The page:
Got questions?

            We’ve got the answers—Mondays when the Summit Racing tech department tackles your automotive-related conundrums. This week, we’re talking budget horsepower and compression ratio.

 From: P.W. • Rosholt, WI

Q: I have a 1984 Chevy Z28 Camaro with an HO 305 engine and five-speed transmission. I want to increase horsepower and gas mileage while staying on a budget of around a thousand dollars. Do you have any suggestions for the parts I need to get the job done?       

A: For a quick and inexpensive upgrade in power, top off your engine with a K&N Washable Lifetime Performance air filter (KNN-E-1450). It’ll ramp up your Camaro’s airflow and provide superior filtration over stock. Next, balance out the increased flow of the filter with a pair of Hedman Street Hedders (HED-66481). They’re specifically designed to fit like stock while generating serious power and performance. To tie your new mods together, equip your ride with a Hypertech ThermoMaster computer chip (HYP-11352). It reprograms your engine with more aggressive timing and fuel curves for dyno-proven horsepower production. This combination of modifications keeps you in your budget range and gives you the best bang for your buck.

From: J.S. • Redgranite, WI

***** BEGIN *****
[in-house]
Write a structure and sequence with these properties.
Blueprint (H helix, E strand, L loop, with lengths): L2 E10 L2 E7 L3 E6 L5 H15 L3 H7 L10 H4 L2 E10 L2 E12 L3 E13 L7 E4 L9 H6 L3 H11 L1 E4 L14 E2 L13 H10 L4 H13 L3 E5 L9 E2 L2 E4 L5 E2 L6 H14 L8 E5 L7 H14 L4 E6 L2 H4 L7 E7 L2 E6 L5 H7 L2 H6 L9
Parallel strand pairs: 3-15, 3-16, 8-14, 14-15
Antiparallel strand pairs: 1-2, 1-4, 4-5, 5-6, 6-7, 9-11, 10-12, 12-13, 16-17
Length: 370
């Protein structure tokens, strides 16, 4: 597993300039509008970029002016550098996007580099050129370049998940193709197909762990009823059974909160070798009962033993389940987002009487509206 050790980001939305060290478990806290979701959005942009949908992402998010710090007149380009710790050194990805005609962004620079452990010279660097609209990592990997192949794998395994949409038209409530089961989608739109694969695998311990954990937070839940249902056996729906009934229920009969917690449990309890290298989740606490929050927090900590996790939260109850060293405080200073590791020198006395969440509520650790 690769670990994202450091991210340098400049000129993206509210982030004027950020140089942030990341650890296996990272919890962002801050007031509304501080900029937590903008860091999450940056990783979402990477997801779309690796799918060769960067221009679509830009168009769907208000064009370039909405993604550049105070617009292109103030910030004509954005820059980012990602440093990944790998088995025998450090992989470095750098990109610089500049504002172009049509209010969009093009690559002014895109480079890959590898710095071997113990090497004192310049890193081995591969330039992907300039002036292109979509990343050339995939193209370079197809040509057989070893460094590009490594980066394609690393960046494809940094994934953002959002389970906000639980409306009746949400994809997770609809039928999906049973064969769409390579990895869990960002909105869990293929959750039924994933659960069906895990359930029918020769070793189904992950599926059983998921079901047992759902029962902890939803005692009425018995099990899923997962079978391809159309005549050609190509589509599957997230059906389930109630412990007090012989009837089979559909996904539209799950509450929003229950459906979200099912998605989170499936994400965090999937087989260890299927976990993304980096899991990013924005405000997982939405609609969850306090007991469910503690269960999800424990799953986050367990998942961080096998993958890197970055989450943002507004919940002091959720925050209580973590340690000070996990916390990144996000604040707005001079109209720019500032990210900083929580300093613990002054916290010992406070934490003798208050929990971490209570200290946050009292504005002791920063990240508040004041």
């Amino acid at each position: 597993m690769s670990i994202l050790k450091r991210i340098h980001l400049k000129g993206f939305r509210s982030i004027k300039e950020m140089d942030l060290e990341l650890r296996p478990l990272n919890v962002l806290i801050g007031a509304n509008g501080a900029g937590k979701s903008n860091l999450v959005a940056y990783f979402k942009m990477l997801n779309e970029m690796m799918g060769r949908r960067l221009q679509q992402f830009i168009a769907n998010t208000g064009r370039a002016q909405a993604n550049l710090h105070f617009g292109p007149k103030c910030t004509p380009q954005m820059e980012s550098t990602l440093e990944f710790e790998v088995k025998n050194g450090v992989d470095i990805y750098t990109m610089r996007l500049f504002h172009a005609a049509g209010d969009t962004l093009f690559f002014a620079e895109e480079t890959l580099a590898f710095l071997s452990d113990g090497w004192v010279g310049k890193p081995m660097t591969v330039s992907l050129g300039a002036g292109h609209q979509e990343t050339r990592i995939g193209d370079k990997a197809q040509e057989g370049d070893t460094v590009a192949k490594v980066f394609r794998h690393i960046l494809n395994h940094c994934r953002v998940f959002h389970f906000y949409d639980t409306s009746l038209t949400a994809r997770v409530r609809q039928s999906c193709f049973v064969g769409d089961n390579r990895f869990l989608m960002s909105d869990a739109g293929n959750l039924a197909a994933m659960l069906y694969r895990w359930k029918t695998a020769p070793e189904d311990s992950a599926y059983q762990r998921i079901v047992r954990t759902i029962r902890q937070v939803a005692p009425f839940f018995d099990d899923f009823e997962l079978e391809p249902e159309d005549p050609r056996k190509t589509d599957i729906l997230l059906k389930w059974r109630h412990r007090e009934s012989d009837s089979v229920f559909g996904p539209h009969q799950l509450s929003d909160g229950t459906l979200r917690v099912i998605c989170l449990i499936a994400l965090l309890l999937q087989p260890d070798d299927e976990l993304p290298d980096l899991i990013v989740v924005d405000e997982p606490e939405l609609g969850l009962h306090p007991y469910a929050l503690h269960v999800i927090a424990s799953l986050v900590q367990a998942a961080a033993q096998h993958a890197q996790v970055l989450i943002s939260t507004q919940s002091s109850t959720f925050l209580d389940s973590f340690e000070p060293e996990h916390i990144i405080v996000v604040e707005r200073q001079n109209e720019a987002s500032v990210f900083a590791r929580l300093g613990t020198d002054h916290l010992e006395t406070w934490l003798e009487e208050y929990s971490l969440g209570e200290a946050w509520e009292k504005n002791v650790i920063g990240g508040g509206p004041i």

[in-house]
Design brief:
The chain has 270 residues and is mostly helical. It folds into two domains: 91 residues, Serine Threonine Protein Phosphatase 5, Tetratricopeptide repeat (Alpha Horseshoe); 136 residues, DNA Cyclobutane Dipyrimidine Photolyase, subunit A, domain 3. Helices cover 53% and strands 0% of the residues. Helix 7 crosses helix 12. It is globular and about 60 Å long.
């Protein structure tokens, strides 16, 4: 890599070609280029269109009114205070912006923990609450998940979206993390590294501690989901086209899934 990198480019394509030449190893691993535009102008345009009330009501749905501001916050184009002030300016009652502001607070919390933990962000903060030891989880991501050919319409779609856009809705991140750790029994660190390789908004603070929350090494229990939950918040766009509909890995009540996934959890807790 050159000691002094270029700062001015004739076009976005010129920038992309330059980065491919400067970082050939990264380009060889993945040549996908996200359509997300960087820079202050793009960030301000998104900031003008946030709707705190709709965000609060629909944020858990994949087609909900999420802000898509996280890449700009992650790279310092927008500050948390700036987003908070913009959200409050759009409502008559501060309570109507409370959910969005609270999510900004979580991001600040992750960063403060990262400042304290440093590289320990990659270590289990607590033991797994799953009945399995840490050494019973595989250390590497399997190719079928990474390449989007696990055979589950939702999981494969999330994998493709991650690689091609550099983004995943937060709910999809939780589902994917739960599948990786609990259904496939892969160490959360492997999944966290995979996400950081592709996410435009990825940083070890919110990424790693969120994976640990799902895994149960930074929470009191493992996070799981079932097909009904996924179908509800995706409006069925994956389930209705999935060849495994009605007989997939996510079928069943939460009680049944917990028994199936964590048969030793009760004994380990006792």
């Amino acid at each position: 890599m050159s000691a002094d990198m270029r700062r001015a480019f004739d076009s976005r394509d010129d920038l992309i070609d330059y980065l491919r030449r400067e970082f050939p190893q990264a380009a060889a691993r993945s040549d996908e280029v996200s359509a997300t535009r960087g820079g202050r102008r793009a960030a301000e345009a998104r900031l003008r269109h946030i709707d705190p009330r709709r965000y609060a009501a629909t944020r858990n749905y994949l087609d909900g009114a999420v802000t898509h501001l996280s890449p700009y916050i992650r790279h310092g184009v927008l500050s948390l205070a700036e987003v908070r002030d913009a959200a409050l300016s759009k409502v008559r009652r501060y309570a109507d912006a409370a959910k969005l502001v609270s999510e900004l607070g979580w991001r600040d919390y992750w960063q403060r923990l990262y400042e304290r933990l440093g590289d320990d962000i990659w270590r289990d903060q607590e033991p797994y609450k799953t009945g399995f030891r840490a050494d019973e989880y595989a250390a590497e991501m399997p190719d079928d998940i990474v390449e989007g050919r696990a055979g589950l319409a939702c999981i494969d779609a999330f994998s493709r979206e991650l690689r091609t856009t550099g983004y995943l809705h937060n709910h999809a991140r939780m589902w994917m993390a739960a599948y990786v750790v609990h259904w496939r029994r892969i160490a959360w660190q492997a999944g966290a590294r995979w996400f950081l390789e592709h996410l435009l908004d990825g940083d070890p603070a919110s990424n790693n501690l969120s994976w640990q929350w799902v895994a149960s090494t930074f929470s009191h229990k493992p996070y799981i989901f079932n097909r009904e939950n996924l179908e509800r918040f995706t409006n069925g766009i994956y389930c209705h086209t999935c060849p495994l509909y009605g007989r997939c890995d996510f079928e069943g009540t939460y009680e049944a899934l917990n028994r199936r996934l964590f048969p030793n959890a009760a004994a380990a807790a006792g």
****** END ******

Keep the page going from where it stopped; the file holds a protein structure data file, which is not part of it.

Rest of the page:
Q: I have a 383 stroker engine that’s making 525 horsepower and 450 foot-pounds of torque. I’m running a Trick Flow Super 23® top-end engine kit with a 9.1:1 compression ratio. I would like to increase the compression to 14.1:1. Would that give me more horsepower? Also, I was thinking of using a 7.5-inch GM rear axle. Do you think it will support the engine’s power?

A: You would see a large increase in power production with a 14.1:1 compression ratio. However, you’d have to make some serious upgrades in order to complete the project. Your current setup won’t flow enough to operate properly at the higher compression.

It’s important to match your engine’s compression with the recommended ratio for the cam you’re running. Too little compression (or too much cam duration) will cause cylinder pressure to drop, which will lower the power output of your engine. Too much compression (or too little cam duration) and cylinder pressure will be too high, causing pre-ignition and detonation. Use the Compression Calculator in the Expert Advice section at to find the exact specs you need.

As for the rear axle, the 7.5-inch GM is too small to support the added power created by the increased compression. You’d be much better off with a beefier Ford 9-inch rear.